Students walk out to protest lack of climate change reform

Senior++Claire+Dornbierer++at+the+walkout+last+Friday.
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Students walk out to protest lack of climate change reform

Senior  Claire Dornbierer  at the walkout last Friday.

Senior Claire Dornbierer at the walkout last Friday.

Senior Claire Dornbierer at the walkout last Friday.

Senior Claire Dornbierer at the walkout last Friday.

Sarah Frieman, Executive Editor

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Last Friday, ETHS students joined thousands of students across the globe in participation of a school walkout, marching from campus to Fountain Square, in protest of the lack of action taken to intervene the threat of climate change.

“People are starting to realize that in 11 years, climate change will be irreversible, and maybe the people in government who are generally older than ourselves, may not be affected by it, but we will,” senior Mollie Hartenstein, one of the organizers, said. “It’s an inescapable reality that this is going to happen in our lifetime.”

International inspiration for the walkout started when Swedish teenager Greta Thunberg, who is now up for a Nobel Peace Prize, staged a school strike fighting climate change in front of the Swedish Parliament last August. This action prompted the #FridaysForFuture movement, which some students around the world have been participating in for the past couple of months.

“The fact that someone my age called on international students to do it definitely gave me new motivation,” Hartenstein said.
At ETHS, the walkout was organized primarily by Hartenstein, School Board Student Representative Phoebe Liccardo and senior Lilly Bond, who were helped by a number of students from the Student Union. Organizers led students out of the school over to Fountain Square for the rally, escorted by the Evanston Police Department and the school’s safety department.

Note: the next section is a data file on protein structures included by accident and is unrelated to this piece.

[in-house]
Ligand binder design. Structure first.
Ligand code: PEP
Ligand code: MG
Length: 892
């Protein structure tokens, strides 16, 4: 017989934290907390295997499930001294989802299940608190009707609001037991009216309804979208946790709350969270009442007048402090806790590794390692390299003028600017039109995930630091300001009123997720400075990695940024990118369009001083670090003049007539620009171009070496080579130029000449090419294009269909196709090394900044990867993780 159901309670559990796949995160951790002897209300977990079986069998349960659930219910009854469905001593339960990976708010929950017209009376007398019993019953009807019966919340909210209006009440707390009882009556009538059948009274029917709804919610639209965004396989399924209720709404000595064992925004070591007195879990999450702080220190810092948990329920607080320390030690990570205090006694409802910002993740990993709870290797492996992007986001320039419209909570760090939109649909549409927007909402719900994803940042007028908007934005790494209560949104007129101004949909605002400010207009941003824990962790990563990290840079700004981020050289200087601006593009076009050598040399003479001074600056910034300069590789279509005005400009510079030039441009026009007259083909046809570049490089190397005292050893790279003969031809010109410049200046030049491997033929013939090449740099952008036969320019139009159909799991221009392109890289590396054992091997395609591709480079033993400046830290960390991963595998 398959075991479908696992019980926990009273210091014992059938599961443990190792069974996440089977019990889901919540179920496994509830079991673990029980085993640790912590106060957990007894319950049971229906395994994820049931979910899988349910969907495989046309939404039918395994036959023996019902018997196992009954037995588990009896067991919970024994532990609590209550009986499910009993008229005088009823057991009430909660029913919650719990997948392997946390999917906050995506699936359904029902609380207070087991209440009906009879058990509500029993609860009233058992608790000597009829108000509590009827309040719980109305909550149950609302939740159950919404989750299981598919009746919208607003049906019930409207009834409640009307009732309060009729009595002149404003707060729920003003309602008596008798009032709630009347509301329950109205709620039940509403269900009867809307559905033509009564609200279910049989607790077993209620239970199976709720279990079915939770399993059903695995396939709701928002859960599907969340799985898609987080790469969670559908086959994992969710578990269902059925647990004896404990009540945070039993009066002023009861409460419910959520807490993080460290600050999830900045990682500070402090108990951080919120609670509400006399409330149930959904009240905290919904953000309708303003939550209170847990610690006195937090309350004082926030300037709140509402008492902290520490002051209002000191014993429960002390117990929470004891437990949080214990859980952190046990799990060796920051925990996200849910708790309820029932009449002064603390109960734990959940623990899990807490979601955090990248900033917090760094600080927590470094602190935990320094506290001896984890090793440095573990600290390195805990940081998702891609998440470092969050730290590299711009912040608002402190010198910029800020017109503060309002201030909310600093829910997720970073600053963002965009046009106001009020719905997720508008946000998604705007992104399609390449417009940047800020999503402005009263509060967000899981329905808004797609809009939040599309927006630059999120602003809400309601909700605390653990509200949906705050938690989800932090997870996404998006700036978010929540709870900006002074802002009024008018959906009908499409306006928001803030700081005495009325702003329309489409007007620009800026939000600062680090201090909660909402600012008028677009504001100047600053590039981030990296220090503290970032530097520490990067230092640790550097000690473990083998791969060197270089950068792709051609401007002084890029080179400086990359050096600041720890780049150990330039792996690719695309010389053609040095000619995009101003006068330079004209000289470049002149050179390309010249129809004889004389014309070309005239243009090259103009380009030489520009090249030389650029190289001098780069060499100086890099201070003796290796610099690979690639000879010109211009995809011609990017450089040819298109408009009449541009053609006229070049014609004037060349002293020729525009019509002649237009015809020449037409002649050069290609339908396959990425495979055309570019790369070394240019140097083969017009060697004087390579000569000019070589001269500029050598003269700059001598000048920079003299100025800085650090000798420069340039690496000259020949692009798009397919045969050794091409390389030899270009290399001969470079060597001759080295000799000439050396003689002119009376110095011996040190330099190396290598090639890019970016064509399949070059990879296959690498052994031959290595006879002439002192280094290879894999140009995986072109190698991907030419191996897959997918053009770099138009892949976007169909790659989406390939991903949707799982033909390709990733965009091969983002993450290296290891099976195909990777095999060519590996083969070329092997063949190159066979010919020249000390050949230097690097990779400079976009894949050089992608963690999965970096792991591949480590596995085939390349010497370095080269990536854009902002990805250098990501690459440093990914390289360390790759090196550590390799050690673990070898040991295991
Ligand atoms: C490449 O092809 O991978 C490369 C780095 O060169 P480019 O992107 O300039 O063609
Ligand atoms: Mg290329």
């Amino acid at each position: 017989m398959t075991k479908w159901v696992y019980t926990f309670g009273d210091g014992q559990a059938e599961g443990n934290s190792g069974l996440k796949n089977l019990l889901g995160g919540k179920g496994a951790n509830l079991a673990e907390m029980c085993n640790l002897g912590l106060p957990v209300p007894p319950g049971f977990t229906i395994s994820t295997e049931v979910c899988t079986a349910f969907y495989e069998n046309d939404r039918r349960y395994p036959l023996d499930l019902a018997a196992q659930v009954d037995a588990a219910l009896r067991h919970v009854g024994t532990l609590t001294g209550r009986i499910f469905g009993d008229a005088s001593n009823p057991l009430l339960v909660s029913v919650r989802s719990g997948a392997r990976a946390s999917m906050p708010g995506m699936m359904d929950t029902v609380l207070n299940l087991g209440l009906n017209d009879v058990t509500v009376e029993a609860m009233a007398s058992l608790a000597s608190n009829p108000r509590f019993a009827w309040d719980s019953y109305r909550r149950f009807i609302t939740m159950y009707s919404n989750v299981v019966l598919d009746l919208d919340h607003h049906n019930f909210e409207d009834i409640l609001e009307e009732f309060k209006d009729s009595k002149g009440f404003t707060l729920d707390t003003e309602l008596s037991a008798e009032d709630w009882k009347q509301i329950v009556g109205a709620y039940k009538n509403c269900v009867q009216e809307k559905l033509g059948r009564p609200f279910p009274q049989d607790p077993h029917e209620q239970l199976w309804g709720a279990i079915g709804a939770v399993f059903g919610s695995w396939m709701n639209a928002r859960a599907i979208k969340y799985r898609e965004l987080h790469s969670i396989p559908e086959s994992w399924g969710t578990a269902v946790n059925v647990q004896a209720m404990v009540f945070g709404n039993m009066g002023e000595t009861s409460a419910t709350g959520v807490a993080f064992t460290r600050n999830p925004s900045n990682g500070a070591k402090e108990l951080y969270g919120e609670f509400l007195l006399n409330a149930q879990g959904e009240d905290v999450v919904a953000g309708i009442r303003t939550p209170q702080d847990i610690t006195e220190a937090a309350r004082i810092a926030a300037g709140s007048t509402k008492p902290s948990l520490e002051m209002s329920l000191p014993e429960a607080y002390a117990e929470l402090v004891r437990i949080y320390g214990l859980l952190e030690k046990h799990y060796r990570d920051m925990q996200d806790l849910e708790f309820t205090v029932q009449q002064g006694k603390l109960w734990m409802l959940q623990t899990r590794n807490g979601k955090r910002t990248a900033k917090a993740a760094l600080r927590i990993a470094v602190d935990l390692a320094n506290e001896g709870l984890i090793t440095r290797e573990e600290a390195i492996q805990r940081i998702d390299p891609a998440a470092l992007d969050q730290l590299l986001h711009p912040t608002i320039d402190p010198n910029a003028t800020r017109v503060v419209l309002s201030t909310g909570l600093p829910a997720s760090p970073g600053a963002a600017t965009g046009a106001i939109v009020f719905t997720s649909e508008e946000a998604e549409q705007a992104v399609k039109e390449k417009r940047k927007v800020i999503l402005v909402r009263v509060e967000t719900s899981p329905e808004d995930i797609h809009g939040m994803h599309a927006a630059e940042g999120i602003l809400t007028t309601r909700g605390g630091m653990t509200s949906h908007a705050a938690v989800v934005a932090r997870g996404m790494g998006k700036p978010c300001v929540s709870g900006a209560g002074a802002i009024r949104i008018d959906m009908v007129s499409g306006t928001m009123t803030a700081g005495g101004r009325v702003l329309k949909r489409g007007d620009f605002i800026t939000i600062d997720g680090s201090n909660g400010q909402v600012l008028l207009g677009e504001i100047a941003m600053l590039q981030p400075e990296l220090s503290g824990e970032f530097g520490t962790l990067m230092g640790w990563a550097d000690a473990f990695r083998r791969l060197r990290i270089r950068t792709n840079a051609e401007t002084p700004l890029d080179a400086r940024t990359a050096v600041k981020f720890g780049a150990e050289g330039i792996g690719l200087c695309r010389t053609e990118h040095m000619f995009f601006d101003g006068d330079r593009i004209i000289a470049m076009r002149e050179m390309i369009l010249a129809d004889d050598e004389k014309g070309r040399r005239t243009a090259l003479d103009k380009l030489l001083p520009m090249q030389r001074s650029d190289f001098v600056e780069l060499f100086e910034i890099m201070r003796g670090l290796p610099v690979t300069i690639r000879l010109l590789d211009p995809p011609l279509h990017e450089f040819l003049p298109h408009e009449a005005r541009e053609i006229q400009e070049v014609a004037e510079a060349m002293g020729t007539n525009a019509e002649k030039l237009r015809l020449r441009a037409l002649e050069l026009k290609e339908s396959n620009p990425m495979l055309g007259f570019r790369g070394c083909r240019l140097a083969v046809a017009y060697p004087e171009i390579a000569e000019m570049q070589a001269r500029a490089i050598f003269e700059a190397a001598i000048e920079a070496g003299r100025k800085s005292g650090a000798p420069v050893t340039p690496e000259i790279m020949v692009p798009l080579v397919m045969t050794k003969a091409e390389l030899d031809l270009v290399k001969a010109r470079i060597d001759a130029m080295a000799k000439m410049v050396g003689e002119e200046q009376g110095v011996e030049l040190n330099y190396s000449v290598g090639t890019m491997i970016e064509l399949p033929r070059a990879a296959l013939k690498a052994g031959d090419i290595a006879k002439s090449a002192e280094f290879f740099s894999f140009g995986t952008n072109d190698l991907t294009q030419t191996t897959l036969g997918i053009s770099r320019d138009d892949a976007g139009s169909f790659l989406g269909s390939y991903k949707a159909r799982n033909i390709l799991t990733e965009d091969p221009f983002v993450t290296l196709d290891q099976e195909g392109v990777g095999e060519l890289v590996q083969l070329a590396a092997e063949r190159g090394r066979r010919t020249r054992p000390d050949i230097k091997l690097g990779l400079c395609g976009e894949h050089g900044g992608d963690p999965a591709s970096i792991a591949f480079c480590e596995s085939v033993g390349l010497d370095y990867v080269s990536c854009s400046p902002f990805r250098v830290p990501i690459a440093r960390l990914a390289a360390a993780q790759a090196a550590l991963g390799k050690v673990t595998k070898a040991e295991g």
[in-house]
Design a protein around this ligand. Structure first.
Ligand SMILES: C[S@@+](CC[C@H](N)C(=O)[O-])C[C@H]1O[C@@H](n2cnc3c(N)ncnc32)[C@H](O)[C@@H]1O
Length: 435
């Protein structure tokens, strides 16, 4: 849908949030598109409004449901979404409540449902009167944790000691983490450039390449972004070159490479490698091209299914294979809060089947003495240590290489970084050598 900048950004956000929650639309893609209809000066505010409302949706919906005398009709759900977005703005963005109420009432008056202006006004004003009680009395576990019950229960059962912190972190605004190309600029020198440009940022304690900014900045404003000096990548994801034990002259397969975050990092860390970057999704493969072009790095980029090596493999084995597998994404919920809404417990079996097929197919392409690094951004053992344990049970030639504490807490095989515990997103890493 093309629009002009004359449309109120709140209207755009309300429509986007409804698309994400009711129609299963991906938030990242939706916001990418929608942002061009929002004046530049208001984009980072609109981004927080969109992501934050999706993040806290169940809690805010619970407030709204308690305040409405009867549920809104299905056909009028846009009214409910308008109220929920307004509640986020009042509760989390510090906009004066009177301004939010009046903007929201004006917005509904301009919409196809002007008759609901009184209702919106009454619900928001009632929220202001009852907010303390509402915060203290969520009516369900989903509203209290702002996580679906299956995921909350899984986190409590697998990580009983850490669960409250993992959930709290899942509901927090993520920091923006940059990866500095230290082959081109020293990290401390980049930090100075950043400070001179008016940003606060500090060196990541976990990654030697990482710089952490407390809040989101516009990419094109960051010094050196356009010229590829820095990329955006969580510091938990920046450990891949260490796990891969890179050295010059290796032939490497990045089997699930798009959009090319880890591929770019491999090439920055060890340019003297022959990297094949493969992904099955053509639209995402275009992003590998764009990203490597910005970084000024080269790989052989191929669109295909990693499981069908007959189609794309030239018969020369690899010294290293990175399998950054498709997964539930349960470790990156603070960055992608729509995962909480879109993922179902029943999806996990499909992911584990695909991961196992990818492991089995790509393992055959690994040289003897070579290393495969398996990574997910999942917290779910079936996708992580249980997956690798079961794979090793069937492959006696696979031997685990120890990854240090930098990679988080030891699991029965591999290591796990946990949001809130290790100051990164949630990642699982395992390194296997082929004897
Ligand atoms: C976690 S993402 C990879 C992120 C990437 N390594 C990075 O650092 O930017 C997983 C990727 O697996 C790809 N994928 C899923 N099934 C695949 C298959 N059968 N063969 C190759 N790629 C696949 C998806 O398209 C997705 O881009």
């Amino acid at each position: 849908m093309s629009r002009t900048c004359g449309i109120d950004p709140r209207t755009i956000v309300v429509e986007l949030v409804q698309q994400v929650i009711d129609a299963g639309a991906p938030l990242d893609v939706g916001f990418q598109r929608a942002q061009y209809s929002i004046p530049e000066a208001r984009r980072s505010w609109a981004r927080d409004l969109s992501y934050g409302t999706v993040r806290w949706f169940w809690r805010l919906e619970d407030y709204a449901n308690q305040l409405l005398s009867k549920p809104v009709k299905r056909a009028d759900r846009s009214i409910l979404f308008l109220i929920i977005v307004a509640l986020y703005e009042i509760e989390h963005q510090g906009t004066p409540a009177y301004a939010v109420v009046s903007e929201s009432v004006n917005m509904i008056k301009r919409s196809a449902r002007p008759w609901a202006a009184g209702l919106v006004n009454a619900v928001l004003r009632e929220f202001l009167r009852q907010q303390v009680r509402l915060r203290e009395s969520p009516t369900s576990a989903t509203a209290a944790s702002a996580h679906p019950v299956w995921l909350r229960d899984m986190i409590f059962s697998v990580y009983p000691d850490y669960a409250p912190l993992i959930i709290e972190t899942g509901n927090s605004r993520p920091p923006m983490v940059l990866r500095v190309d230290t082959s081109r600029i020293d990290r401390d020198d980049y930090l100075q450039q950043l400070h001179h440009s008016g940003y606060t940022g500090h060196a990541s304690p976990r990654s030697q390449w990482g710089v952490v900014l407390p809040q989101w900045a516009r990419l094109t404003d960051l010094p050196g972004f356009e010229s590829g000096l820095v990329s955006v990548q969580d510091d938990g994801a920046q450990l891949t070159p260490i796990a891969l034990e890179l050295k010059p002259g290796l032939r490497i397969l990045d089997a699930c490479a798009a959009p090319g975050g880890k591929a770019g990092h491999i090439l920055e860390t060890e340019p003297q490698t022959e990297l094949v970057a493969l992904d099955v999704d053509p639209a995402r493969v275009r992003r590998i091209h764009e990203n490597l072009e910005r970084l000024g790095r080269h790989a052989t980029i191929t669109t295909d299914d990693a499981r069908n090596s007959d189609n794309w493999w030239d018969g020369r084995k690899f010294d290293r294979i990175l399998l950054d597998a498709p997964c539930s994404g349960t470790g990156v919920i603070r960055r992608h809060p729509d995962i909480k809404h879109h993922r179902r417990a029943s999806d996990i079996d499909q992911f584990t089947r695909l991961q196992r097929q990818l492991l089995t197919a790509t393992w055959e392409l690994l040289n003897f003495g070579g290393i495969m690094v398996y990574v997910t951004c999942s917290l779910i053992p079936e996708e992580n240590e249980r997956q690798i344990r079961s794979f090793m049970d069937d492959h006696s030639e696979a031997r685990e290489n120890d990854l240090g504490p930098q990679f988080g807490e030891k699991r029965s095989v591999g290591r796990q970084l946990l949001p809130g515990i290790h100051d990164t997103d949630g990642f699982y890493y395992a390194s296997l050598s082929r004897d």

Liccardo, sophomore Oliver Leopold, Green Team President Arielle Weiss and junior Henry Eberhart all spoke addressing topics such as the lack of action, the impact of avoiding livestock products, the Green New Deal and the racial and economic inequalities within climate change. Organizers then prompted students to call local politicians and passed out sheets containing information on how to do so.
“I think that we accomplished the goal we were striving for; there were a lot of people there and when we were calling senators and representatives the hotlines were being flooded,” sophomore Olive Cantor said.

After the ETHS walkout, some students attended a similar event hosted by Northwestern University, ultimately leading to a march to NU’s administration.

Many students expressed motivation to create a change in their personal lives. In addition, this past Monday, the Green Team hosted a waste audit where students measured how much waste is thrown into the recycling and how much recycling is thrown into the waste at ETHS.
“It was really informative… I’m already a vegetarian but I feel that I’ll try to eat less dairy… I just wish more people would’ve came,” sophomore Sophia Osilaja said.

According to The Washington Post, the March 15 strike involved over 100 countries and over 1,600 separate events. Additionally, the Green New Deal, introduced Feb. 7 by Representatives Alexandria Ocasio-Cortez and Ed Markley, has also been gaining traction with over 100 co-sponsors expressing support both before and after the strike.

“Climate Change will substantially impact the way that we live,” Hartenstein said. “That future isn’t far away, so if you want to live a long happy life, you need to care about this now.”